You can hardly find a product or solution offering that doesn’t position itself inside multiple levels in the marketing technology stack. A marketing technology – ad technology arms war is raging fueled by lots of available cash and the idea that owning the full tech chain is capable of capturing clients, allowing for profit at every step. To be fair, there are of course more altruistic visions mixed in there: “We’ll buy the best at every level of the stack and won’t it be great for the clients and for us. We’ll need a lot of marketing money, though.”
Former specialty solutions that did one thing, say email, and did it well are feeling pressure to do more, delving in to other areas – email providers are making a grab to try to be your ‘one stop marketing database’ by adding new digital channels. That tactic is all about revenue and trying to stay relevant. Business intelligence (BI) tools have moved into “analytics.” Deep analytics is now the province of ‘data scientists,’ and these data experts are being urged to use a wide variety of ETL-type tools coupled with analytics or with R interfaces. Marketing Service Providers are either buying pieces of the stack (campaign tools, consumer and B2B, DMPs, etc.), building their own pieces, and/or selecting best-of-breed vendors resulting in service-heavy contracts to produce an overall solution.
This “oozing” into other areas that aren’t the sweet spot of these products is where the story gets complicated. Each additional layer of the stack, each channel and feature added through acquisition, requires more services to stitch the process together. The marketing of such a “platform” is easier than actually delivering it. These stitched solutions also represent yet more siloes, where data interfaces need to be cobbled together, typically inefficiently, and multiple separate applications must be accessed and used as the data moves through each of the different specialty solutions.
Lots of “360 degree” and “1:1” stories are out there, and the general approach of their marketing material is to talk about their “full stack” solution as an ecosystem that they already have. The reality is, they aren’t one integrated platform, and one look at the different applications and stitching beneath illustrates this point.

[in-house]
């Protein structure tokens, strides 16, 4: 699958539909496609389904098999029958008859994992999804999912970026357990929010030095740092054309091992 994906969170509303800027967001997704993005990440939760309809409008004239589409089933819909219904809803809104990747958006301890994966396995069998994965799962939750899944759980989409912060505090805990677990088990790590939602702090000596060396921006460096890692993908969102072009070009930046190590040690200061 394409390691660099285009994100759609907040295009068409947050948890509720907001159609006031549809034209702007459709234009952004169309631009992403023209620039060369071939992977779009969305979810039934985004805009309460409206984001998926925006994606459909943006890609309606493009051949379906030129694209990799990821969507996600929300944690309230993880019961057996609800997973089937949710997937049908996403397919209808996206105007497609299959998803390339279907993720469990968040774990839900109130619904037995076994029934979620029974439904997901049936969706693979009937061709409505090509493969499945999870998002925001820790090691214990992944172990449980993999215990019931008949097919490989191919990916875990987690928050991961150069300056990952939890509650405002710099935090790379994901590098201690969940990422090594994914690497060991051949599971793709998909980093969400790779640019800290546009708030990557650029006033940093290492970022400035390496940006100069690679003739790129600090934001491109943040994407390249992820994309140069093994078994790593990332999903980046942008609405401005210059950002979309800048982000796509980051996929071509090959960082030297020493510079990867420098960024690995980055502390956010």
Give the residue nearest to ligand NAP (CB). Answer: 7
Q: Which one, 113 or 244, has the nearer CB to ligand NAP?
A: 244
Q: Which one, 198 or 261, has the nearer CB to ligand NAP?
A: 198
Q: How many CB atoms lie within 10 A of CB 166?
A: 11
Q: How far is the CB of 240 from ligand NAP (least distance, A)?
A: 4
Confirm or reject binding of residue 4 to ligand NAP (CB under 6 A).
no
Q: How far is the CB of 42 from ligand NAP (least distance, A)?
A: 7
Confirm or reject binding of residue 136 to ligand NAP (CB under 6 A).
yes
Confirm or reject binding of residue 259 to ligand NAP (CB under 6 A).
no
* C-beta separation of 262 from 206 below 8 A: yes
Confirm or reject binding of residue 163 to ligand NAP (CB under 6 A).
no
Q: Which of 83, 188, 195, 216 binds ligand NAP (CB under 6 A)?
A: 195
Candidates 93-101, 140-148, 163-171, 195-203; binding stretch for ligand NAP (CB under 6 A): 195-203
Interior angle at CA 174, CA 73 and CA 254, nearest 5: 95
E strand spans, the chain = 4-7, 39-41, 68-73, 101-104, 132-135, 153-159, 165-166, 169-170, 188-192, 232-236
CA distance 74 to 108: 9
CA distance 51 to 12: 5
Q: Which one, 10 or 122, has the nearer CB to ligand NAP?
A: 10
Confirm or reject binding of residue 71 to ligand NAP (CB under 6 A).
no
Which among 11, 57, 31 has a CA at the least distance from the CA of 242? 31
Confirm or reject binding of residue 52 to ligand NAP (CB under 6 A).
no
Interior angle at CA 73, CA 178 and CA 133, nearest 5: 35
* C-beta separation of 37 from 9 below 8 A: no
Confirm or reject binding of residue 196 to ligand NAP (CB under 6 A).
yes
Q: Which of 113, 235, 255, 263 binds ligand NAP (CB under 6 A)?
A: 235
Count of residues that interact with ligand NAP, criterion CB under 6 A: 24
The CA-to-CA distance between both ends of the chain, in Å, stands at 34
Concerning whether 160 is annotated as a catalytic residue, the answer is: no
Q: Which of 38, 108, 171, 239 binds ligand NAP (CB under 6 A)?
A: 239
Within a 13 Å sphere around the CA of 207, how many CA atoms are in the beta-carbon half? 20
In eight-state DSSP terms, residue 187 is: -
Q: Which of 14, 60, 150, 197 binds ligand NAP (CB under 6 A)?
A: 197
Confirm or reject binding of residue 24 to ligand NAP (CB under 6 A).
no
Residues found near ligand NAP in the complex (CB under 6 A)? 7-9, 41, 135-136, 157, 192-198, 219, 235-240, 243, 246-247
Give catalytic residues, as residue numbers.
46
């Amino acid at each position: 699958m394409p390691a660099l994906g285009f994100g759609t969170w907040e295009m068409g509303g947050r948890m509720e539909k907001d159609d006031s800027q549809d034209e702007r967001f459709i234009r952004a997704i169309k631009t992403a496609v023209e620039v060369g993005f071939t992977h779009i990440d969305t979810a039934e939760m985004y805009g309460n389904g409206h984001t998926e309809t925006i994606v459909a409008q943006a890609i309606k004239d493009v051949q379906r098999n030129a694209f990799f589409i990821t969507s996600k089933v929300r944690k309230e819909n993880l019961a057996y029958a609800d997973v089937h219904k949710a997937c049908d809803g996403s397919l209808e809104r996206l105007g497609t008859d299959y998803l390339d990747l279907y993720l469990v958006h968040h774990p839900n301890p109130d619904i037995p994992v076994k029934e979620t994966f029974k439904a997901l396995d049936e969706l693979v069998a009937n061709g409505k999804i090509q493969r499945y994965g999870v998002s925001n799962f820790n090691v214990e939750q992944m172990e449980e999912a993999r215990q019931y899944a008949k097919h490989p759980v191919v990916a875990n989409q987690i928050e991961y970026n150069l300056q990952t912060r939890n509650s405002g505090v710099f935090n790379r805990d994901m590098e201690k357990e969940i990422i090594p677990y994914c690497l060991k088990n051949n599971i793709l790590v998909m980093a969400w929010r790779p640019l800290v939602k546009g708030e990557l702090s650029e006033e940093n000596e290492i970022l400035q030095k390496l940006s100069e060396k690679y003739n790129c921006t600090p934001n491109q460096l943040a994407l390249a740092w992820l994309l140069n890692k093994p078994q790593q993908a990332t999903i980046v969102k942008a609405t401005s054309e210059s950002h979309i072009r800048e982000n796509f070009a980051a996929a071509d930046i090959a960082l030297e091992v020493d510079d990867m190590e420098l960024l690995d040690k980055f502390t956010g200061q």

When you buy into a full-stack vendor now, their goal is to get you to buy in to their version of the stack as a captive to each module that they sell. Sure, they will sell you any component that you want; that’s the way to sell you the rest of them over time. You are being asked to buy in to a system of separate components (mostly) loosely tied together – not a true, fully-integrated solution. The idea that these components could all be “best-of-breed” is highly unlikely. Future and current planning tends to naturally go down a vendor-centric path, which very likely isn’t cost-effective nor will it be the most marketing-effective approach. It’s simply part of a stack that the vendor tells you is “easier if you use our module for this or that function.” Sometimes, it is easier – for the vendor – if you choose their captive email provider product – because it is the only one that actually works automatically with their tool. That’s not quite the open option that a modern marketer needs.
If you are an intelligent modern marketer with a budget plan, you should not go down this path. You know what you need in the first, second, and third year of your modernization journey. To keep your journey from spiraling out of financial and efficiency control, focus on the fundamentals:
The tech stack grab is in full swing. Don’t fall for the hype. Instead, choose a thoroughly modern marketing architecture that integrates and operates as a cohesive system.